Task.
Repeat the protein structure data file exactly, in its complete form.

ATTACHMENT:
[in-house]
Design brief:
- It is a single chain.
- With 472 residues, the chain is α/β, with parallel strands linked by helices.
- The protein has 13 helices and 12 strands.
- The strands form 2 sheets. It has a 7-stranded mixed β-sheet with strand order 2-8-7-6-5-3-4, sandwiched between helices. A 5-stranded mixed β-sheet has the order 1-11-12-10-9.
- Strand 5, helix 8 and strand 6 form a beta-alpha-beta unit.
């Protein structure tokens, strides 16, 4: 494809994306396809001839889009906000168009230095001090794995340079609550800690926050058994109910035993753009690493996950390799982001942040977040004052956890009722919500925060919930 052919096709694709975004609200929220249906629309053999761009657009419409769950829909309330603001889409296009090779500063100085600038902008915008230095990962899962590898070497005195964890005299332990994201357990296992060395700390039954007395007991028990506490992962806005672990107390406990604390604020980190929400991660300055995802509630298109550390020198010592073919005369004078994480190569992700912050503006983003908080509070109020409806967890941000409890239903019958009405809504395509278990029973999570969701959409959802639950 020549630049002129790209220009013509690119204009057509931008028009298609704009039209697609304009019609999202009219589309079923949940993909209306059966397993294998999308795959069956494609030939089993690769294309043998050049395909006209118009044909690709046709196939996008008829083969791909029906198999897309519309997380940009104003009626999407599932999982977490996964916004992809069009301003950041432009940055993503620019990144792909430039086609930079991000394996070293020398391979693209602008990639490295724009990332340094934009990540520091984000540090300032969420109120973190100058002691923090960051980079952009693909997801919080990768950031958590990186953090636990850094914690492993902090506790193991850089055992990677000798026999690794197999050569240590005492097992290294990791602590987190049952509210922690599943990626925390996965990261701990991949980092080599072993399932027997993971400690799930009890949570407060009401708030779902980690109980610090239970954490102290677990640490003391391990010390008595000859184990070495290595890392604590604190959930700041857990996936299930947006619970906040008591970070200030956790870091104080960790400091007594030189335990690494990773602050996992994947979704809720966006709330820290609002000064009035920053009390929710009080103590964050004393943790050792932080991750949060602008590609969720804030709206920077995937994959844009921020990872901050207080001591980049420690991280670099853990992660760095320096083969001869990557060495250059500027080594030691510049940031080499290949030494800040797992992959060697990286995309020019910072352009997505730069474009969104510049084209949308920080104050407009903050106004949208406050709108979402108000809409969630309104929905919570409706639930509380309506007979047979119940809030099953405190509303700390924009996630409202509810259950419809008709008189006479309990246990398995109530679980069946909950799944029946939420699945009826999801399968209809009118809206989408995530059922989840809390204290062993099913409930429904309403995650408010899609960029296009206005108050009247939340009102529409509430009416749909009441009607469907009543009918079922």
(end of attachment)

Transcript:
[in-house]
Design brief:
- It is a single chain.
- With 472 residues, the chain is α/β, with parallel strands linked by helices.
- The protein has 13 helices and 12 strands.
- The strands form 2 sheets. It has a 7-stranded mixed β-sheet with strand order 2-8-7-6-5-3-4, sandwiched between helices. A 5-stranded mixed β-sheet has the order 1-11-12-10-9.
- Strand 5, helix 8 and strand 6 form a beta-alpha-beta unit.
């Protein structure tokens, strides 16, 4: 494809994306396809001839889009906000168009230095001090794995340079609550800690926050058994109910035993753009690493996950390799982001942040977040004052956890009722919500925060919930 052919096709694709975004609200929220249906629309053999761009657009419409769950829909309330603001889409296009090779500063100085600038902008915008230095990962899962590898070497005195964890005299332990994201357990296992060395700390039954007395007991028990506490992962806005672990107390406990604390604020980190929400991660300055995802509630298109550390020198010592073919005369004078994480190569992700912050503006983003908080509070109020409806967890941000409890239903019958009405809504395509278990029973999570969701959409959802639950 020549630049002129790209220009013509690119204009057509931008028009298609704009039209697609304009019609999202009219589309079923949940993909209306059966397993294998999308795959069956494609030939089993690769294309043998050049395909006209118009044909690709046709196939996008008829083969791909029906198999897309519309997380940009104003009626999407599932999982977490996964916004992809069009301003950041432009940055993503620019990144792909430039086609930079991000394996070293020398391979693209602008990639490295724009990332340094934009990540520091984000540090300032969420109120973190100058002691923090960051980079952009693909997801919080990768950031958590990186953090636990850094914690492993902090506790193991850089055992990677000798026999690794197999050569240590005492097992290294990791602590987190049952509210922690599943990626925390996965990261701990991949980092080599072993399932027997993971400690799930009890949570407060009401708030779902980690109980610090239970954490102290677990640490003391391990010390008595000859184990070495290595890392604590604190959930700041857990996936299930947006619970906040008591970070200030956790870091104080960790400091007594030189335990690494990773602050996992994947979704809720966006709330820290609002000064009035920053009390929710009080103590964050004393943790050792932080991750949060602008590609969720804030709206920077995937994959844009921020990872901050207080001591980049420690991280670099853990992660760095320096083969001869990557060495250059500027080594030691510049940031080499290949030494800040797992992959060697990286995309020019910072352009997505730069474009969104510049084209949308920080104050407009903050106004949208406050709108979402108000809409969630309104929905919570409706639930509380309506007979047979119940809030099953405190509303700390924009996630409202509810259950419809008709008189006479309990246990398995109530679980069946909950799944029946939420699945009826999801399968209809009118809206989408995530059922989840809390204290062993099913409930429904309403995650408010899609960029296009206005108050009247939340009102529409509430009416749909009441009607469907009543009918079922």